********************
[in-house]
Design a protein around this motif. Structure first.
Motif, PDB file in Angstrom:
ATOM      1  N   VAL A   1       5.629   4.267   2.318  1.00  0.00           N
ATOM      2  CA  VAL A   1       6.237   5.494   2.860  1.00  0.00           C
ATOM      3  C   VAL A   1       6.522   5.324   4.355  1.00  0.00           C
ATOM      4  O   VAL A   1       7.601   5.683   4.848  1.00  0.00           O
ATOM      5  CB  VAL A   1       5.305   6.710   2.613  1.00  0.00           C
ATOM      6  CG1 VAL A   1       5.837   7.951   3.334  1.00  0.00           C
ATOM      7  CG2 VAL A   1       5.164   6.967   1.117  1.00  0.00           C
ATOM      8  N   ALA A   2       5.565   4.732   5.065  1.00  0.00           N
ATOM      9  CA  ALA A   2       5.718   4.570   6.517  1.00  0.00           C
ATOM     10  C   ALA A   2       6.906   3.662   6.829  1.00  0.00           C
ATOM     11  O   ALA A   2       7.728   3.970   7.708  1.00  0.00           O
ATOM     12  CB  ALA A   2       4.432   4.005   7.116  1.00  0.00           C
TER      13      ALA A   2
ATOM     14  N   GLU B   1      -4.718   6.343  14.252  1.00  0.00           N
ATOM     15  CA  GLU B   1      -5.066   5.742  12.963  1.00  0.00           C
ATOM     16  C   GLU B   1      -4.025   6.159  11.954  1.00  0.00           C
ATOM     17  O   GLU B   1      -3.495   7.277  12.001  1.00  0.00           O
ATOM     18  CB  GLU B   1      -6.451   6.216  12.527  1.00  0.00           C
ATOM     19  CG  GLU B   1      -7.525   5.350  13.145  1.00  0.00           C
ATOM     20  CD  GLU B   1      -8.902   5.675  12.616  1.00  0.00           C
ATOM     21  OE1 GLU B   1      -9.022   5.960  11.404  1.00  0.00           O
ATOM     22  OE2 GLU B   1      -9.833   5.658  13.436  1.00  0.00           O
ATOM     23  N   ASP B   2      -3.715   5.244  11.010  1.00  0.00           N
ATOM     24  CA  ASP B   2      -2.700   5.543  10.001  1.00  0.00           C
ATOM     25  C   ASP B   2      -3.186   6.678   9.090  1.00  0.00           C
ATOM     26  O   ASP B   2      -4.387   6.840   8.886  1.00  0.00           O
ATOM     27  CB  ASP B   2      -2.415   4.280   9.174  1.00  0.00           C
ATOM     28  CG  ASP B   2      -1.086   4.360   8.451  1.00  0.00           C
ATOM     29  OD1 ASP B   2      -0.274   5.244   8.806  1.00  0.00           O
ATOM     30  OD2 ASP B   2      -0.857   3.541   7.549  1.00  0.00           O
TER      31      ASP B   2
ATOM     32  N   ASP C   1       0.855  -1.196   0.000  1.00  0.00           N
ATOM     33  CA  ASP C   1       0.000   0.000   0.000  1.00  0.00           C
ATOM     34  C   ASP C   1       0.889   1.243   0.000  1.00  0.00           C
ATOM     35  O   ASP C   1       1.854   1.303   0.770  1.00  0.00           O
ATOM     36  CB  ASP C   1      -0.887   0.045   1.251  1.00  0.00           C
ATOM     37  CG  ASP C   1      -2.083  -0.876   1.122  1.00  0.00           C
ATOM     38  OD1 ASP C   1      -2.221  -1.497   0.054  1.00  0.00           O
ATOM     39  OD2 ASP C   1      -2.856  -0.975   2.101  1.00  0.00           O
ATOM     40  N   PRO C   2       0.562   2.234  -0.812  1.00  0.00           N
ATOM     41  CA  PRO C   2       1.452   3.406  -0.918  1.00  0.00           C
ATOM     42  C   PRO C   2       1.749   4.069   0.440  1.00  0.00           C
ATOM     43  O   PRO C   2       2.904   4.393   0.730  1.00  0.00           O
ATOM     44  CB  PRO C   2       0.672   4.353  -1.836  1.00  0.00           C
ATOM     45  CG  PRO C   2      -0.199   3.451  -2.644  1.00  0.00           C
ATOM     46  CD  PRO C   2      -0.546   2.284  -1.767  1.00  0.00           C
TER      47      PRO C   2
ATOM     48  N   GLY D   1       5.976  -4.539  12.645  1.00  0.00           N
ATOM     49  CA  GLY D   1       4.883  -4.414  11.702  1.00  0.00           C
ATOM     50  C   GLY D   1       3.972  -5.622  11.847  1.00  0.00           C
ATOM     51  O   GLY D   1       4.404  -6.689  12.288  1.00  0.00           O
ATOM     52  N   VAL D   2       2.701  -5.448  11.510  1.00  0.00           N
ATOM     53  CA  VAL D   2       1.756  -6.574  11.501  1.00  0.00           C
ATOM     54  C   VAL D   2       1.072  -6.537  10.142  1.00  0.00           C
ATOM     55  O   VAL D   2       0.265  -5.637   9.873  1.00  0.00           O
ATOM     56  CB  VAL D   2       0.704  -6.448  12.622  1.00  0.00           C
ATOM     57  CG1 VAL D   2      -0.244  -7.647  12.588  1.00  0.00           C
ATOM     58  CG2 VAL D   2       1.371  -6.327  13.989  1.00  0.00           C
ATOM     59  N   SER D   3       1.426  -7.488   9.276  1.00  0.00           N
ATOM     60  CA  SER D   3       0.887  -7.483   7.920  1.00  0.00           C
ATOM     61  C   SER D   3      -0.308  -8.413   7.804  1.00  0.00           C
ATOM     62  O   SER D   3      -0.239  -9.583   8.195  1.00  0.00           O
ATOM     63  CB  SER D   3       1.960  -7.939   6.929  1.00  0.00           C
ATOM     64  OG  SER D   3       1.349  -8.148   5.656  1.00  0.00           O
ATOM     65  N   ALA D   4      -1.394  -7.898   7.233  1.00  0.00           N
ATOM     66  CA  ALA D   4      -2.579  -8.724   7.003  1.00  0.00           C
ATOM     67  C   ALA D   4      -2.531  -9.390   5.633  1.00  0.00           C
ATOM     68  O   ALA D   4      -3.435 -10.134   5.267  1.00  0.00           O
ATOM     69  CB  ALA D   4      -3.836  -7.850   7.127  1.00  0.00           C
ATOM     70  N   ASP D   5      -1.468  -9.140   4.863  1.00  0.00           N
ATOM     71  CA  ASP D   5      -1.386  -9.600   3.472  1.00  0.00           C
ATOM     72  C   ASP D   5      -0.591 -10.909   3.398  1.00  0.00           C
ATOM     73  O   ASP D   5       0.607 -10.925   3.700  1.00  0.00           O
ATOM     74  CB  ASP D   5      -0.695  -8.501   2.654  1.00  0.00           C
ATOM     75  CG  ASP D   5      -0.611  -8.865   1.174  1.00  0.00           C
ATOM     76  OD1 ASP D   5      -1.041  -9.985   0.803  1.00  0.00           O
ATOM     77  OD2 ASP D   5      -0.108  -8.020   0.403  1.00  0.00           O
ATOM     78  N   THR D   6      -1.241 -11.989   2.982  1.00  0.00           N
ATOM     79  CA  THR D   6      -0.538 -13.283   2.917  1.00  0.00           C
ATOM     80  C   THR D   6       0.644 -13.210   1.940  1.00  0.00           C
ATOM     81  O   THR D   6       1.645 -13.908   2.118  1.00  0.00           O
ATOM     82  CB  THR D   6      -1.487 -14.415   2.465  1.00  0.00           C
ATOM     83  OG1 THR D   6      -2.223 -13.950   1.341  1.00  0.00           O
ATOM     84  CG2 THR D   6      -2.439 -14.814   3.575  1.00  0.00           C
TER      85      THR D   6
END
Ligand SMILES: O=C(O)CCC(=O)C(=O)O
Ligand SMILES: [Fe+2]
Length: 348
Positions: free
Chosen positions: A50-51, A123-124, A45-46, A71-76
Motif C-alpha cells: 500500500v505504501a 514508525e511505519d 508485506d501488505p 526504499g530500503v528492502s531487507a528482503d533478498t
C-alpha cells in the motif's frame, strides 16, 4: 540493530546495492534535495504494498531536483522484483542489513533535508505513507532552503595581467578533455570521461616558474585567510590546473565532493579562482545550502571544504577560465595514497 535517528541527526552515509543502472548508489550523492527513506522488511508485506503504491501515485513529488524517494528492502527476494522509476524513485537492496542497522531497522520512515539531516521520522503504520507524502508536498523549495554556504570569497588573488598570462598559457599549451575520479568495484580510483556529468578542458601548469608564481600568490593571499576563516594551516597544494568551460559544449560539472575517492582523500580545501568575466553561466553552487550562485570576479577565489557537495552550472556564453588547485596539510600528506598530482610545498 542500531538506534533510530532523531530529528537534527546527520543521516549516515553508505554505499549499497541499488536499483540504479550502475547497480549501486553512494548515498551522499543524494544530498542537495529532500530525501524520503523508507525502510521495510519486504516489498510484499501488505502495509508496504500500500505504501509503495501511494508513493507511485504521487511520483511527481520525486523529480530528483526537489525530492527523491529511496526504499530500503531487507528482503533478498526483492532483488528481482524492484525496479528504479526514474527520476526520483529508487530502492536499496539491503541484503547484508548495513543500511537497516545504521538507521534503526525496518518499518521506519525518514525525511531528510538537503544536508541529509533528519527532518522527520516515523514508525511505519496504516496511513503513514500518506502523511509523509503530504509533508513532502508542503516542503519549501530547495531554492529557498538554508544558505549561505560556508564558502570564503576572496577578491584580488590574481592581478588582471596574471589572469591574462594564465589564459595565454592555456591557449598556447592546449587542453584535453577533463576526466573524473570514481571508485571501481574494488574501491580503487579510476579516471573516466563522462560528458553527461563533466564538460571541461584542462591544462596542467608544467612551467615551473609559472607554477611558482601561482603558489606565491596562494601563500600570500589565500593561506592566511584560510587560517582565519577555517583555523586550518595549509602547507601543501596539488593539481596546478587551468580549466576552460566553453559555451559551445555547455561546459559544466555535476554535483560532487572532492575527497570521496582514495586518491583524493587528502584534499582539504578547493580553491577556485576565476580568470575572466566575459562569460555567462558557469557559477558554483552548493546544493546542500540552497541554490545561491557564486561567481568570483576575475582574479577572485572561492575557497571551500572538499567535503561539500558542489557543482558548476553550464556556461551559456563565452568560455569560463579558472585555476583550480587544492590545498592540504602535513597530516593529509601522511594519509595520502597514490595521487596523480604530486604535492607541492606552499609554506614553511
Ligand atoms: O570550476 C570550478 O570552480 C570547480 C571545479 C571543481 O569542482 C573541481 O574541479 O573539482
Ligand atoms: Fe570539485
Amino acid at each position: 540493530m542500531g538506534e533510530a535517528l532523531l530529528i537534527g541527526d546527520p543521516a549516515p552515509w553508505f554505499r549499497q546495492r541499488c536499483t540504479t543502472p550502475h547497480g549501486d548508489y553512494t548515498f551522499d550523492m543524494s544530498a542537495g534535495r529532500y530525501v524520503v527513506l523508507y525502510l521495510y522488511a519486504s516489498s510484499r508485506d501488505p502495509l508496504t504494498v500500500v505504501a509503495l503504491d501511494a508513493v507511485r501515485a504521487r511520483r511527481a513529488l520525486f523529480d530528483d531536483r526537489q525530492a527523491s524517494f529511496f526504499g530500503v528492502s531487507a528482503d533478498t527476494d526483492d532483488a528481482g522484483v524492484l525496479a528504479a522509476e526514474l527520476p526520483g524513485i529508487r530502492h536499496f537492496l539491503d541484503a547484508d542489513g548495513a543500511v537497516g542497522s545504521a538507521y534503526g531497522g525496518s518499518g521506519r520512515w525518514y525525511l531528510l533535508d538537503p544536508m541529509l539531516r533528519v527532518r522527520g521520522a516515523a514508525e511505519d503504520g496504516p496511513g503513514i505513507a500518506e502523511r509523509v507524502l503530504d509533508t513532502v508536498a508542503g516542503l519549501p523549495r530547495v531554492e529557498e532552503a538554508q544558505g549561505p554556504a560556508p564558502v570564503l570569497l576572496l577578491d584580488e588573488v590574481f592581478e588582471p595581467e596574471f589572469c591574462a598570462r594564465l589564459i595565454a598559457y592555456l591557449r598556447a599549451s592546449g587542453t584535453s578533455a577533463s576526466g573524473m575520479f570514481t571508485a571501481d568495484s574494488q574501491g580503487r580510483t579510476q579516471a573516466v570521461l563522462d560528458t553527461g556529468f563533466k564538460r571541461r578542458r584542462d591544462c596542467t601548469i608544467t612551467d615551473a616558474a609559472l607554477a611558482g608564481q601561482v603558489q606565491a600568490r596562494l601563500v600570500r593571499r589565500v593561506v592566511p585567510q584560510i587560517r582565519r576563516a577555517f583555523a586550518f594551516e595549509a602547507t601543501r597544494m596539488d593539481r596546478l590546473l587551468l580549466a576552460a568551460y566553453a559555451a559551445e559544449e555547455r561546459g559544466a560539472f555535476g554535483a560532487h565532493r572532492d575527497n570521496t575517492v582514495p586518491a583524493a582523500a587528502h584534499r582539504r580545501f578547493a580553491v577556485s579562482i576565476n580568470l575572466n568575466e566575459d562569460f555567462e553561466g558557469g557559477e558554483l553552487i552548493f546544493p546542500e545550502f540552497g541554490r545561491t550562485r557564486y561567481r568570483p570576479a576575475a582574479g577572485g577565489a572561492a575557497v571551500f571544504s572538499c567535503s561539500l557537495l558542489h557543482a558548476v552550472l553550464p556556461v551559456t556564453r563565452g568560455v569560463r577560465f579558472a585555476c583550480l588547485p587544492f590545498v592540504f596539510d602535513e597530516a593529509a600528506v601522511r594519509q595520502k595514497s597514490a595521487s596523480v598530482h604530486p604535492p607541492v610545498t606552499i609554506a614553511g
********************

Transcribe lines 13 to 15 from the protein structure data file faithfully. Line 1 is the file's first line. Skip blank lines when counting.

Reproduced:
ATOM     10  C   ALA A   2       6.906   3.662   6.829  1.00  0.00           C
ATOM     11  O   ALA A   2       7.728   3.970   7.708  1.00  0.00           O
ATOM     12  CB  ALA A   2       4.432   4.005   7.116  1.00  0.00           C